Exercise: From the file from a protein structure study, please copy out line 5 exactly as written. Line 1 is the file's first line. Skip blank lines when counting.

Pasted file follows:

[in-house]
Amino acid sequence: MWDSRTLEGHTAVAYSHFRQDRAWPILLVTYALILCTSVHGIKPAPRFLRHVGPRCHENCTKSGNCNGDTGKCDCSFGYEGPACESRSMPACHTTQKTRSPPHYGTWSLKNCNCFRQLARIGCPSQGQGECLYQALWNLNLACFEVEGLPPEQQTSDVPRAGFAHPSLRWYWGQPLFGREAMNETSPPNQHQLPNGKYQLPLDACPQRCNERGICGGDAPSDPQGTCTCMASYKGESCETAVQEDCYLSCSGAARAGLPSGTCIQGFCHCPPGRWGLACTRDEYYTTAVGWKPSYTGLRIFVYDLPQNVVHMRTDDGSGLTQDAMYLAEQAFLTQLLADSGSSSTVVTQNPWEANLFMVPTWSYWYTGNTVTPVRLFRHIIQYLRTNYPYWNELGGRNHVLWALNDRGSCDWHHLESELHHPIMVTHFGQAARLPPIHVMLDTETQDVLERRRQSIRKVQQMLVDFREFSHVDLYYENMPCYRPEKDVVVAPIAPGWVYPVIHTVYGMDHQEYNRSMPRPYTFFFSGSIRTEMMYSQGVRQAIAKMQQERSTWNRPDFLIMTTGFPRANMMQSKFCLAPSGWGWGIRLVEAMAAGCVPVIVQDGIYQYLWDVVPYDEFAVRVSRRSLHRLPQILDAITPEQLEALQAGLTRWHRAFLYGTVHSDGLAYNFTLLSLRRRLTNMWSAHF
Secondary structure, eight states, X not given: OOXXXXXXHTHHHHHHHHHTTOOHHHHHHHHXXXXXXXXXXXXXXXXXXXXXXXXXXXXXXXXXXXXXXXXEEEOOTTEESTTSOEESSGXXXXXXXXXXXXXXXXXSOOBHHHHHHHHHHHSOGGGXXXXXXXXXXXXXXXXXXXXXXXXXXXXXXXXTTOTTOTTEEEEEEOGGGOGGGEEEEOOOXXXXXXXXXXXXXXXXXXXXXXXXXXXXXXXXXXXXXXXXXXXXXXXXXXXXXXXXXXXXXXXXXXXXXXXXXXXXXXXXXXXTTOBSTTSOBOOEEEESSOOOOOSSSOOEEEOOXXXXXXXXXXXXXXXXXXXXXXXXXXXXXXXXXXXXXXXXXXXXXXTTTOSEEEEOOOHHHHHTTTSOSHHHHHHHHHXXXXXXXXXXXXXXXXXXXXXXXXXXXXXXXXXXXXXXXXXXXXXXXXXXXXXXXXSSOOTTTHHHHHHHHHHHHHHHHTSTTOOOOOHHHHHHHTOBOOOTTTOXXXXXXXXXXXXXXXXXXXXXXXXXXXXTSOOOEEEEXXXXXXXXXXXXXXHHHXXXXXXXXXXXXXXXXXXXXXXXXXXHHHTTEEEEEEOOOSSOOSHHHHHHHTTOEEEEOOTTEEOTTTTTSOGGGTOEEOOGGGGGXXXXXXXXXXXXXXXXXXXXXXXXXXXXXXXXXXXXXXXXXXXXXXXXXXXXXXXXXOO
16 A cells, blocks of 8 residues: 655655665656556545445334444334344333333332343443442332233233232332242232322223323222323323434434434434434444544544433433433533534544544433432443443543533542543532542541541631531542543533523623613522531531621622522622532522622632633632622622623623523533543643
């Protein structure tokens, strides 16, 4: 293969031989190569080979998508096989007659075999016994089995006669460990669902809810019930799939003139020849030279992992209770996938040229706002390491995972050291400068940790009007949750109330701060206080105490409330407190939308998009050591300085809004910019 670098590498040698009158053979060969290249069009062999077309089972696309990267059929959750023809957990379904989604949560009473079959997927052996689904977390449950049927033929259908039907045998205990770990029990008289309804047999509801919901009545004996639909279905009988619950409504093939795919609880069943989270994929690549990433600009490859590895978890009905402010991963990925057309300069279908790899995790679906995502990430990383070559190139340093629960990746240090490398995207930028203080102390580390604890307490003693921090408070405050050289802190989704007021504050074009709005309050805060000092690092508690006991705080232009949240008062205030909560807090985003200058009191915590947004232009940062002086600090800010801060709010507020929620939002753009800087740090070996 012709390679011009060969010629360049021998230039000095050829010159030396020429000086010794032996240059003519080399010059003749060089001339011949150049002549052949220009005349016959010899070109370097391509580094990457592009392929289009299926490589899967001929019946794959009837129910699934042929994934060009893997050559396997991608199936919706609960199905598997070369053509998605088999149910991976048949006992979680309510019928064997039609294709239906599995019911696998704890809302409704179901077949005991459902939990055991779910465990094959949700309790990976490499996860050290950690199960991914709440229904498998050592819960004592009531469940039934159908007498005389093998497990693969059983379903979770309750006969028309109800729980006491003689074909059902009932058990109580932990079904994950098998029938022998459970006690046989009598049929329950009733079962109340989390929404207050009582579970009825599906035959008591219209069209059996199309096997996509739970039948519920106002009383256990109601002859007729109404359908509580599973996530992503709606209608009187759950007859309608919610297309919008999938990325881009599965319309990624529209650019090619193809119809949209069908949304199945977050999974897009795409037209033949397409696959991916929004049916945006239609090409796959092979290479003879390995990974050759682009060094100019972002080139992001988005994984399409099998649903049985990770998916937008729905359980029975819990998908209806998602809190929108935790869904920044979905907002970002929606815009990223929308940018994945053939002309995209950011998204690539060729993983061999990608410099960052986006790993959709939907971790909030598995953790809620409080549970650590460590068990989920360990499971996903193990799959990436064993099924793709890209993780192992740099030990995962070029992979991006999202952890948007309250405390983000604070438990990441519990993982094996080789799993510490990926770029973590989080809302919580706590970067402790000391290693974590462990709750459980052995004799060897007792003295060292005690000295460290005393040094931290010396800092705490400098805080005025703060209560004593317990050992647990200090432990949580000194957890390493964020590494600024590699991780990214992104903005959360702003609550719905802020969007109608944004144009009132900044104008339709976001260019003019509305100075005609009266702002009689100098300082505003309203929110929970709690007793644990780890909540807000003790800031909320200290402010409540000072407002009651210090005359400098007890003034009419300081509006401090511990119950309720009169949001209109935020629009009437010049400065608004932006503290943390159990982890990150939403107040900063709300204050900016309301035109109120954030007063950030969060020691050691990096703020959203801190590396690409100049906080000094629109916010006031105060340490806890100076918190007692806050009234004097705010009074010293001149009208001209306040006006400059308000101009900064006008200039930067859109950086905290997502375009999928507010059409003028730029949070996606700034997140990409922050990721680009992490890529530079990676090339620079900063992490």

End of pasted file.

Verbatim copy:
């Protein structure tokens, strides 16, 4: 293969031989190569080979998508096989007659075999016994089995006669460990669902809810019930799939003139020849030279992992209770996938040229706002390491995972050291400068940790009007949750109330701060206080105490409330407190939308998009050591300085809004910019 670098590498040698009158053979060969290249069009062999077309089972696309990267059929959750023809957990379904989604949560009473079959997927052996689904977390449950049927033929259908039907045998205990770990029990008289309804047999509801919901009545004996639909279905009988619950409504093939795919609880069943989270994929690549990433600009490859590895978890009905402010991963990925057309300069279908790899995790679906995502990430990383070559190139340093629960990746240090490398995207930028203080102390580390604890307490003693921090408070405050050289802190989704007021504050074009709005309050805060000092690092508690006991705080232009949240008062205030909560807090985003200058009191915590947004232009940062002086600090800010801060709010507020929620939002753009800087740090070996 012709390679011009060969010629360049021998230039000095050829010159030396020429000086010794032996240059003519080399010059003749060089001339011949150049002549052949220009005349016959010899070109370097391509580094990457592009392929289009299926490589899967001929019946794959009837129910699934042929994934060009893997050559396997991608199936919706609960199905598997070369053509998605088999149910991976048949006992979680309510019928064997039609294709239906599995019911696998704890809302409704179901077949005991459902939990055991779910465990094959949700309790990976490499996860050290950690199960991914709440229904498998050592819960004592009531469940039934159908007498005389093998497990693969059983379903979770309750006969028309109800729980006491003689074909059902009932058990109580932990079904994950098998029938022998459970006690046989009598049929329950009733079962109340989390929404207050009582579970009825599906035959008591219209069209059996199309096997996509739970039948519920106002009383256990109601002859007729109404359908509580599973996530992503709606209608009187759950007859309608919610297309919008999938990325881009599965319309990624529209650019090619193809119809949209069908949304199945977050999974897009795409037209033949397409696959991916929004049916945006239609090409796959092979290479003879390995990974050759682009060094100019972002080139992001988005994984399409099998649903049985990770998916937008729905359980029975819990998908209806998602809190929108935790869904920044979905907002970002929606815009990223929308940018994945053939002309995209950011998204690539060729993983061999990608410099960052986006790993959709939907971790909030598995953790809620409080549970650590460590068990989920360990499971996903193990799959990436064993099924793709890209993780192992740099030990995962070029992979991006999202952890948007309250405390983000604070438990990441519990993982094996080789799993510490990926770029973590989080809302919580706590970067402790000391290693974590462990709750459980052995004799060897007792003295060292005690000295460290005393040094931290010396800092705490400098805080005025703060209560004593317990050992647990200090432990949580000194957890390493964020590494600024590699991780990214992104903005959360702003609550719905802020969007109608944004144009009132900044104008339709976001260019003019509305100075005609009266702002009689100098300082505003309203929110929970709690007793644990780890909540807000003790800031909320200290402010409540000072407002009651210090005359400098007890003034009419300081509006401090511990119950309720009169949001209109935020629009009437010049400065608004932006503290943390159990982890990150939403107040900063709300204050900016309301035109109120954030007063950030969060020691050691990096703020959203801190590396690409100049906080000094629109916010006031105060340490806890100076918190007692806050009234004097705010009074010293001149009208001209306040006006400059308000101009900064006008200039930067859109950086905290997502375009999928507010059409003028730029949070996606700034997140990409922050990721680009992490890529530079990676090339620079900063992490």